|US3388675 *||Oct 20, 1965||Jun 18, 1968||Floyd L. Lankford||Pastry forming machine|
|US3669006 *||Oct 23, 1970||Jun 13, 1972||Lee Maurice Wm Sr||Appliance for and method of pastry making|
|US3690248 *||Apr 19, 1971||Sep 12, 1972||Schafer Leonhard||Sanitizable pastry folding mechanism|
|US3782270 *||Nov 1, 1971||Jan 1, 1974||Solco Maskin Ab||Apparatus for making food units|
|US3782271 *||Apr 27, 1972||Jan 1, 1974||Itt||Automatic pie apparatus|
|US4015518 *||Mar 16, 1976||Apr 5, 1977||Dca Food Industries Inc.||Apparatus for forming a variety of shaped bodies with an internal filling|
|US4381906 *||Oct 8, 1981||May 3, 1983||Ugo Mancini||Apparatus for producing ravioli and the like|
|US4382768 *||Oct 27, 1980||May 10, 1983||Igor Lifshitz||Apparatus for making dough envelopes containing filling|
|US4448576 *||Feb 4, 1983||May 15, 1984||Liu William Y||Pastry and dumpling maker|
|US4493377 *||Oct 22, 1981||Jan 15, 1985||Robert Bosch Gmbh||Electronic two-hand safety system for power tools|
|US4543053 *||Feb 27, 1984||Sep 24, 1985||Jasniewski Henry E||Tool for forming a folded pastry|
|US4608918 *||Jan 15, 1985||Sep 2, 1986||Takeshi Funabashi||Apparatus for manufacturing sealed sandwich style buns|
|US4687670 *||Jan 6, 1986||Aug 18, 1987||Rodriguez John G||Tamale making method|
|US4953455 *||Feb 29, 1988||Sep 4, 1990||Efg Foods, Inc.||Food wrapper apparatus|
|US5036756 *||Apr 30, 1990||Aug 6, 1991||Formax, Inc.||Food product crimping mechanism|
|US5196223 *||Dec 27, 1991||Mar 23, 1993||Rheon Automatic Machinery Co., Ltd.||Method of producing pie dough having slits|
|WO1986005070A1 *||Feb 26, 1986||Sep 12, 1986||Leon Merdy||Machine for making crepes|
|Citing Patent||Filing date||Publication date||Applicant||Title|
|US5870948 *||Jan 13, 1998||Feb 16, 1999||Chiba And Associates||Apparatus for making seaweed roll|
|US5954561 *||Jul 3, 1997||Sep 21, 1999||Mattel, Inc.||Play material container having plural play features|
|US6352020 *||Jul 20, 2001||Mar 5, 2002||Kabushiki Kaisha Audio-Technica||Apparatus for producing a vinegared rice rolled in dried laver (Norimaki), or other roll foodstuff|
|US6754965 *||Nov 28, 2000||Jun 29, 2004||Len C. Kretchman||Integrated sandwich crimping tool|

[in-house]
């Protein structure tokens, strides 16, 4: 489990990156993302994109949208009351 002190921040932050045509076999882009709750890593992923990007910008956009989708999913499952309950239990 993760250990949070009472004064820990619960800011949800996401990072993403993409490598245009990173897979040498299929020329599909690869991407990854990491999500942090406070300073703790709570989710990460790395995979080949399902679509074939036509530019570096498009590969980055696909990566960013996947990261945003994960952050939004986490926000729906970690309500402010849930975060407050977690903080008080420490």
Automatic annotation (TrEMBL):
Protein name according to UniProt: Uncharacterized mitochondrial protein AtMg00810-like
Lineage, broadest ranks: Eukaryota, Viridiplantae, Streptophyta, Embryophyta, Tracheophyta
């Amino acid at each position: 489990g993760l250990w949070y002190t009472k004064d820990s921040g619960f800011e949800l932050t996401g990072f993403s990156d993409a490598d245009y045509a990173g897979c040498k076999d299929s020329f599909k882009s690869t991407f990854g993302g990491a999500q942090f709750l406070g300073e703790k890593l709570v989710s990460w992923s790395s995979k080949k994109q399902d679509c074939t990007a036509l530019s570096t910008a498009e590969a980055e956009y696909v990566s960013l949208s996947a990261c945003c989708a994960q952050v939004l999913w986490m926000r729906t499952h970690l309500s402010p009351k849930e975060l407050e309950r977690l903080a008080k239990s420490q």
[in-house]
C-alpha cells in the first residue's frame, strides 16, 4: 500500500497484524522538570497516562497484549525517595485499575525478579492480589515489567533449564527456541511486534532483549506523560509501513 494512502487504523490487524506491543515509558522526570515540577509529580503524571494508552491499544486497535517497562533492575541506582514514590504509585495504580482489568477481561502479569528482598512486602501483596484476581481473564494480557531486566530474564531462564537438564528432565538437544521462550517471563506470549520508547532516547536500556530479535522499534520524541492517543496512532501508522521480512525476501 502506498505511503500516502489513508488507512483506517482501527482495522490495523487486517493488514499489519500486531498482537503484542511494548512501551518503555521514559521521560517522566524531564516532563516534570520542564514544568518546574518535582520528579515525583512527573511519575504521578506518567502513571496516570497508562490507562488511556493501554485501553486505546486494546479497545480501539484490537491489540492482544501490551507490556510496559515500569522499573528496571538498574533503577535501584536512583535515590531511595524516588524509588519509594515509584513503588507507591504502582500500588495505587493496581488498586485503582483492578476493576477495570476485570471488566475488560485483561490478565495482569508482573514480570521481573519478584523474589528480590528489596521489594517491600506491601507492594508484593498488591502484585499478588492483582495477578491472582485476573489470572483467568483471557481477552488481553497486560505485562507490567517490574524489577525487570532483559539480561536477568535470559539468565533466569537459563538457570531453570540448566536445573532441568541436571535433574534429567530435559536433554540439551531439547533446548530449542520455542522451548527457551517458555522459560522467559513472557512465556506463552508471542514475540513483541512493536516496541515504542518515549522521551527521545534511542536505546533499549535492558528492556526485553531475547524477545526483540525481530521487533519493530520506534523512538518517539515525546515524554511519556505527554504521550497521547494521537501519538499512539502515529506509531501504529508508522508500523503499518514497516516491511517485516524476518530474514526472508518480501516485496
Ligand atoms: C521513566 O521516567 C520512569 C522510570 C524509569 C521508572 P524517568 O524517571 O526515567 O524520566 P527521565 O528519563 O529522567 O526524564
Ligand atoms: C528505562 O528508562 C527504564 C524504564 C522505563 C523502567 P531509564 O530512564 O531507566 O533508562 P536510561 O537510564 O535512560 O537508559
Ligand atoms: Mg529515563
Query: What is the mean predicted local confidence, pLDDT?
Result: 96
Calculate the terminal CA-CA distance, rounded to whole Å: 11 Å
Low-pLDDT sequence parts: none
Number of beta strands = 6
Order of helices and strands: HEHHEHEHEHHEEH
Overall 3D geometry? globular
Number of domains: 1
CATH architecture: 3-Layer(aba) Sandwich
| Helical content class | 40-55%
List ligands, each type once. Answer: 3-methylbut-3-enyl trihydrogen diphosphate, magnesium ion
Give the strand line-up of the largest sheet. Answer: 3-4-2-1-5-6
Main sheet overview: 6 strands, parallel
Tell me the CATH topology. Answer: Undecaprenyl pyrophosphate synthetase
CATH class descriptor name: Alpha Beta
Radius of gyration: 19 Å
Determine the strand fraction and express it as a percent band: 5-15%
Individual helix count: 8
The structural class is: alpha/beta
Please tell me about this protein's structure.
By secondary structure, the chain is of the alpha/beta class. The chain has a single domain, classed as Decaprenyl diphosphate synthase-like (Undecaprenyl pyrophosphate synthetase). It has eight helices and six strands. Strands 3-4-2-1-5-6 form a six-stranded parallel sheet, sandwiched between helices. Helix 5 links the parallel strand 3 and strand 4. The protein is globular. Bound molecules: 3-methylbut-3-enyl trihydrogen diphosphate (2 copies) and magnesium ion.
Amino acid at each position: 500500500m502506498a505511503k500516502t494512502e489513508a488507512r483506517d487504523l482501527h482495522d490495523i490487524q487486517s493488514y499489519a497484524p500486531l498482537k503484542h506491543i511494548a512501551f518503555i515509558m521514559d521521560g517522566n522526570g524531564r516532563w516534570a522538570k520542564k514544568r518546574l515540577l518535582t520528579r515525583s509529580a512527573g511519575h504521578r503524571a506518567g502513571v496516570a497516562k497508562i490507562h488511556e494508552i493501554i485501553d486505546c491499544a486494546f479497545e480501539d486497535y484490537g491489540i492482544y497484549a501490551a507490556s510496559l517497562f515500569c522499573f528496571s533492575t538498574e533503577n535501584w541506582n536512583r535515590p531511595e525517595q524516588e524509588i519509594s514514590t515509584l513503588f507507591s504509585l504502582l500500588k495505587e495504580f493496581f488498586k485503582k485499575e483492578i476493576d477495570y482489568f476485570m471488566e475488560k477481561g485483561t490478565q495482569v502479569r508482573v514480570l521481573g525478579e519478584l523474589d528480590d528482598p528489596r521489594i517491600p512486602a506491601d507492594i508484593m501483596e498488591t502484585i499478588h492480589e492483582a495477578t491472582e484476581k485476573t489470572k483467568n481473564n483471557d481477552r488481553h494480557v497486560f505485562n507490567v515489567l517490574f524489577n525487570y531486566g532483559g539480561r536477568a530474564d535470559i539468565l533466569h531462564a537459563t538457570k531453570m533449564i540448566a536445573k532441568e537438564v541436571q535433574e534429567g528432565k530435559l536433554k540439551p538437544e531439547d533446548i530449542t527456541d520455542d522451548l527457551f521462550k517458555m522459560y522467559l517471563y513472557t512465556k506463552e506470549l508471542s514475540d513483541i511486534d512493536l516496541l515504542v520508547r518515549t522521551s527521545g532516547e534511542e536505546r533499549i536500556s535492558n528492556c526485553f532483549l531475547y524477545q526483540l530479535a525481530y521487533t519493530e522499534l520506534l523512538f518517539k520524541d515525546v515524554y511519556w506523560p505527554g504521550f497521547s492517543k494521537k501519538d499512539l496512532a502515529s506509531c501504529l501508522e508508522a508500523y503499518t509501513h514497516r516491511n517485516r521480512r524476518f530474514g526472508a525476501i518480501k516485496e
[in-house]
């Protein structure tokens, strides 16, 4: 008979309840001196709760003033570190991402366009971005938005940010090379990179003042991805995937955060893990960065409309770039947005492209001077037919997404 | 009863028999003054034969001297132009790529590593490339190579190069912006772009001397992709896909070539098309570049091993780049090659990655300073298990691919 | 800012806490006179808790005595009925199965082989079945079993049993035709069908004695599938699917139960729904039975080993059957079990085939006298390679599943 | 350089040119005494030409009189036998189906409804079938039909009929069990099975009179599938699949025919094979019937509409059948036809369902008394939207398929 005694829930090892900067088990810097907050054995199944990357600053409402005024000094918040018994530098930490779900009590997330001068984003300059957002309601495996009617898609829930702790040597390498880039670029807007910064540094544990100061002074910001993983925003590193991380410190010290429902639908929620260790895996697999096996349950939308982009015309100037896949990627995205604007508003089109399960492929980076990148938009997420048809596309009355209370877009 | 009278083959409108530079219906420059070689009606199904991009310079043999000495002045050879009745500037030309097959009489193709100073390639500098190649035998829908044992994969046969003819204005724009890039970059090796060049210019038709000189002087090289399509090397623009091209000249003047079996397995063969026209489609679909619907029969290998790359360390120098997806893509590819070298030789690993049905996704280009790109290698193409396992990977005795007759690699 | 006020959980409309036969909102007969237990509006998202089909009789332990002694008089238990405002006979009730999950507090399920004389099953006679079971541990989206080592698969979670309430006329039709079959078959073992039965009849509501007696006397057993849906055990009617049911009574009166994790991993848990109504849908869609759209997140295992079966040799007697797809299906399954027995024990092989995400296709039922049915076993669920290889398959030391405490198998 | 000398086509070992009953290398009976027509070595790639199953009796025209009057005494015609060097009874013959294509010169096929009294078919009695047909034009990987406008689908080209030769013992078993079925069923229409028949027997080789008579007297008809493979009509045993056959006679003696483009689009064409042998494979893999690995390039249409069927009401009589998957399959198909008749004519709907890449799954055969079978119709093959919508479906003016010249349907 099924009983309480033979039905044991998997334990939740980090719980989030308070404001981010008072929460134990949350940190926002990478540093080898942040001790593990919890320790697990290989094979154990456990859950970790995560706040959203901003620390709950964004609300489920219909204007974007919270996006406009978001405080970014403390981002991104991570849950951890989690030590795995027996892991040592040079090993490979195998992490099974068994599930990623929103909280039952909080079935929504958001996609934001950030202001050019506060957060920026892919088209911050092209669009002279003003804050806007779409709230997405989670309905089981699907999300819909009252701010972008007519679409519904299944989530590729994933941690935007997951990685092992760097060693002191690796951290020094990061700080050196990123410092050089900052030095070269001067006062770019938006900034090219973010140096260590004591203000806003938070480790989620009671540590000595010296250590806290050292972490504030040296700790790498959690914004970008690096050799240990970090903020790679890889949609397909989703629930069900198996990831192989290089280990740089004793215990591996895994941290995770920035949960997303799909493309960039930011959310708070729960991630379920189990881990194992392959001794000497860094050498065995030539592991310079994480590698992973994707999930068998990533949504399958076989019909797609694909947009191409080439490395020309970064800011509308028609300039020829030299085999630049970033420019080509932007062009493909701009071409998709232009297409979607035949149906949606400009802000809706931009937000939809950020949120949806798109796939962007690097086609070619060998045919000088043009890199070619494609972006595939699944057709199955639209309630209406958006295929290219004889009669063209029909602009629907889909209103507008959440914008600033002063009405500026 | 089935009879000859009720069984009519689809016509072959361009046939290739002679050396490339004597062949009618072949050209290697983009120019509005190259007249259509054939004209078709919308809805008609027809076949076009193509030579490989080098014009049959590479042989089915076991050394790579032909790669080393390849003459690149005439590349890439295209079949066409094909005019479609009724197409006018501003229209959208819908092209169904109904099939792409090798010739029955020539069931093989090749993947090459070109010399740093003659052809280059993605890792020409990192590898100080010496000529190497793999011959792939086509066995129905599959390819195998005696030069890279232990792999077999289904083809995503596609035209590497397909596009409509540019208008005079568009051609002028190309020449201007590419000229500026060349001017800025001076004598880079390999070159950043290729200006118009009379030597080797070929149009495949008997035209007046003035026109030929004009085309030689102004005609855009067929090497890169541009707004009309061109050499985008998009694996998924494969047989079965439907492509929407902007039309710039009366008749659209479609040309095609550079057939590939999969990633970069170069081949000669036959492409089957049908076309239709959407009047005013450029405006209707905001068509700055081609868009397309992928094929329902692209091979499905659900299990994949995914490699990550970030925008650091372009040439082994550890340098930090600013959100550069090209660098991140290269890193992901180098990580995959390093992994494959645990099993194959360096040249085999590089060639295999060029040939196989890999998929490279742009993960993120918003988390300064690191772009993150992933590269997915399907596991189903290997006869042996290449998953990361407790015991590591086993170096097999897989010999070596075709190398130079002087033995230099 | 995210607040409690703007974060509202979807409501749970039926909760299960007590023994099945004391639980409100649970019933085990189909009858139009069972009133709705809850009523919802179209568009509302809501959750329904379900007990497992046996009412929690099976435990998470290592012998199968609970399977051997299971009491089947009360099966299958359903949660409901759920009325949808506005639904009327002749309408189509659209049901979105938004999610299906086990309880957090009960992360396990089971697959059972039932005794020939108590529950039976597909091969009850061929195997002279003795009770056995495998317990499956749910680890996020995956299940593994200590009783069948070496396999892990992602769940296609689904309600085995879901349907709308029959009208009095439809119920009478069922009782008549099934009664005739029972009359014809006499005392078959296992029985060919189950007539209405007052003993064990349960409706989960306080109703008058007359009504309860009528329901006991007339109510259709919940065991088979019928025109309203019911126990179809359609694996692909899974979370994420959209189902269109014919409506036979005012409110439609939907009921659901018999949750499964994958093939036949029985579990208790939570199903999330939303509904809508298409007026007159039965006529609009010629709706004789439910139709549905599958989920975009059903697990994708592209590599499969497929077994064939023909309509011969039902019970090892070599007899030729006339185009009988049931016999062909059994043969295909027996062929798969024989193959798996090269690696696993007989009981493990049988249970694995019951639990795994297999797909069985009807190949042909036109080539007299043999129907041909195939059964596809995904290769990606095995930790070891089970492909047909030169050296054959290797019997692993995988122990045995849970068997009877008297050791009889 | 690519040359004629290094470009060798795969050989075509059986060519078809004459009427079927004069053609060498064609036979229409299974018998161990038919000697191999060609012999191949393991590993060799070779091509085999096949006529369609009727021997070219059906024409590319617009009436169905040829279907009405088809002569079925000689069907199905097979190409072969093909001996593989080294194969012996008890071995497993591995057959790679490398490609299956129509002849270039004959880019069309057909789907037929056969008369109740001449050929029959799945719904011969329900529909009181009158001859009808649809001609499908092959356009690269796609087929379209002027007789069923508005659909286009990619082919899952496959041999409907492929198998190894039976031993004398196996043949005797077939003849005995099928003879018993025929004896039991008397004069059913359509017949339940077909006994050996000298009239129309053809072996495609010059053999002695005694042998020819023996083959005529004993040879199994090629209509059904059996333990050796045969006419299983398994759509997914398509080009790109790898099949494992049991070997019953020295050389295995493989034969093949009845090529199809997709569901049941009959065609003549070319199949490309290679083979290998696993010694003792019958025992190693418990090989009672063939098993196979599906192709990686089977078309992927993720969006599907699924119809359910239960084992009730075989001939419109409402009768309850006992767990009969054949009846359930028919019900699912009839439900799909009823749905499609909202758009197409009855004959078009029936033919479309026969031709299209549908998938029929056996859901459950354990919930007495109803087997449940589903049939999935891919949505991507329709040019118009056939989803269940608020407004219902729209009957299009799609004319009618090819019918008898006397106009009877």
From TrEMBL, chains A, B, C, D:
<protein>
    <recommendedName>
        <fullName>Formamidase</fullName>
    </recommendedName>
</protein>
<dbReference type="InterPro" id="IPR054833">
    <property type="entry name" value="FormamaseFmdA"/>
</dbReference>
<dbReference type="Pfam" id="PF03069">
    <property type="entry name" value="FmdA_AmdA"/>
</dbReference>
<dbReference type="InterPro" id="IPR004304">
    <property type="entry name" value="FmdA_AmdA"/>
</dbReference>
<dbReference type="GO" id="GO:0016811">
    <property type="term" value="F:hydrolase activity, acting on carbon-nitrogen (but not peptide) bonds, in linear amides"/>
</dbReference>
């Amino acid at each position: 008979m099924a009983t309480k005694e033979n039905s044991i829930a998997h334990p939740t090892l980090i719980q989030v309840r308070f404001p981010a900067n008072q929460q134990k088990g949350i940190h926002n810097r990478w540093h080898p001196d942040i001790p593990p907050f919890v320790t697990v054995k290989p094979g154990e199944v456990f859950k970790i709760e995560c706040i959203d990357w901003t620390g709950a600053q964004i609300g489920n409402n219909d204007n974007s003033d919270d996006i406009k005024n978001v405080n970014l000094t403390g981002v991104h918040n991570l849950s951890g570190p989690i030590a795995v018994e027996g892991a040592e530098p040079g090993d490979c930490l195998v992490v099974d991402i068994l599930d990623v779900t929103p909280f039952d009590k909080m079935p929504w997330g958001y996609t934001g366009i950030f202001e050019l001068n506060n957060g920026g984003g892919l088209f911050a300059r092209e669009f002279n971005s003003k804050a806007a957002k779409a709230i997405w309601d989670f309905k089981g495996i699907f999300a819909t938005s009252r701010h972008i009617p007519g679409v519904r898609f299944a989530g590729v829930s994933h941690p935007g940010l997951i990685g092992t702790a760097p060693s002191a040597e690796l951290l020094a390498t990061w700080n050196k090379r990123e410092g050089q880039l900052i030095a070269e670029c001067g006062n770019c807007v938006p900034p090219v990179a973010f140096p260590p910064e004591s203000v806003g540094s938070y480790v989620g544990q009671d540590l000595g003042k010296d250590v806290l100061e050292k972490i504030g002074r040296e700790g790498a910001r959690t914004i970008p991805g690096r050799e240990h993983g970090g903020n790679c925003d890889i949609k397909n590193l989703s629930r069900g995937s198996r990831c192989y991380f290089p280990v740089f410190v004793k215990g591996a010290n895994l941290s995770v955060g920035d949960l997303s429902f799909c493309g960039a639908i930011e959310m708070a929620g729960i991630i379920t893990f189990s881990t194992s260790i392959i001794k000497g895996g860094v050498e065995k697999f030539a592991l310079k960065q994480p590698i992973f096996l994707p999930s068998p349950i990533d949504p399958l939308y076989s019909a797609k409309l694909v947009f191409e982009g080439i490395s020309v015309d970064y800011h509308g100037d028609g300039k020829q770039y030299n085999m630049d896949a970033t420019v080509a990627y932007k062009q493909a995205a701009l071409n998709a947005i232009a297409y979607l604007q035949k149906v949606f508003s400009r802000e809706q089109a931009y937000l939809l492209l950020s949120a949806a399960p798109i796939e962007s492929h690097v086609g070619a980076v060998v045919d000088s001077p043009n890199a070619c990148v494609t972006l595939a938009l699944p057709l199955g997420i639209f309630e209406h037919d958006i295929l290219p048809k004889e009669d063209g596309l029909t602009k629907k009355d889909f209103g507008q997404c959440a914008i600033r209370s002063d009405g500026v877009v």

|US8333917||Sep 9, 2009||Dec 18, 2012||Nucoat, Inc.||Drawable and moldable gel-based articles|
|US20030008038 *||Jun 25, 2002||Jan 9, 2003||The J.M. Smucker Company, An Ohio Corporation||Frozen crustless sliced sandwich and method and apparatus for making same|
|US20030091699 *||Dec 27, 2002||May 15, 2003||The J.M. Smucker Company, An Ohio Corporation||Method and apparatus for making commercial crustless sandwiches and the crustless sandwich made thereby|
|US20030138525 *||Feb 3, 2003||Jul 24, 2003||The J.M. Smucker Company, An Ohio Corporation||Frozen sandwich and method of making same|
|US20040180116 *||Mar 23, 2004||Sep 16, 2004||The J.M. Smucker Company, An Ohio Corporation||Sealed crustless sandwich|
|US20040208962 *||Apr 15, 2003||Oct 21, 2004||The J.M. Smucker Company, An Ohio Corporation||High protein peanut butter and jelly sandwich and method of making the same|
|US20070144359 *||Dec 22, 2006||Jun 28, 2007||Lane Ekberg||Apparatus, system, and method for making sandwiches|
|US20080241326 *||Mar 26, 2008||Oct 2, 2008||Lane Ekberg||Apparatus, system, and method for a bread cutter and impression devices|
|U.S. Classification||446/479, 99/450.6, 446/491, 100/137, 446/487|
|Jan 23, 1995||AS||Assignment|
Owner name: MATTEL, INC., CALIFORNIA
Free format text: ASSIGNMENT OF ASSIGNORS INTEREST;ASSIGNOR:CAVEZA, MARTIN J.;REEL/FRAME:007294/0407
Effective date: 19941109
|Aug 6, 1998||FPAY||Fee payment|
Year of fee payment: 4
|Aug 6, 2002||FPAY||Fee payment|
Year of fee payment: 8
|Aug 28, 2002||REMI||Maintenance fee reminder mailed|
|Aug 7, 2006||FPAY||Fee payment|
Year of fee payment: 12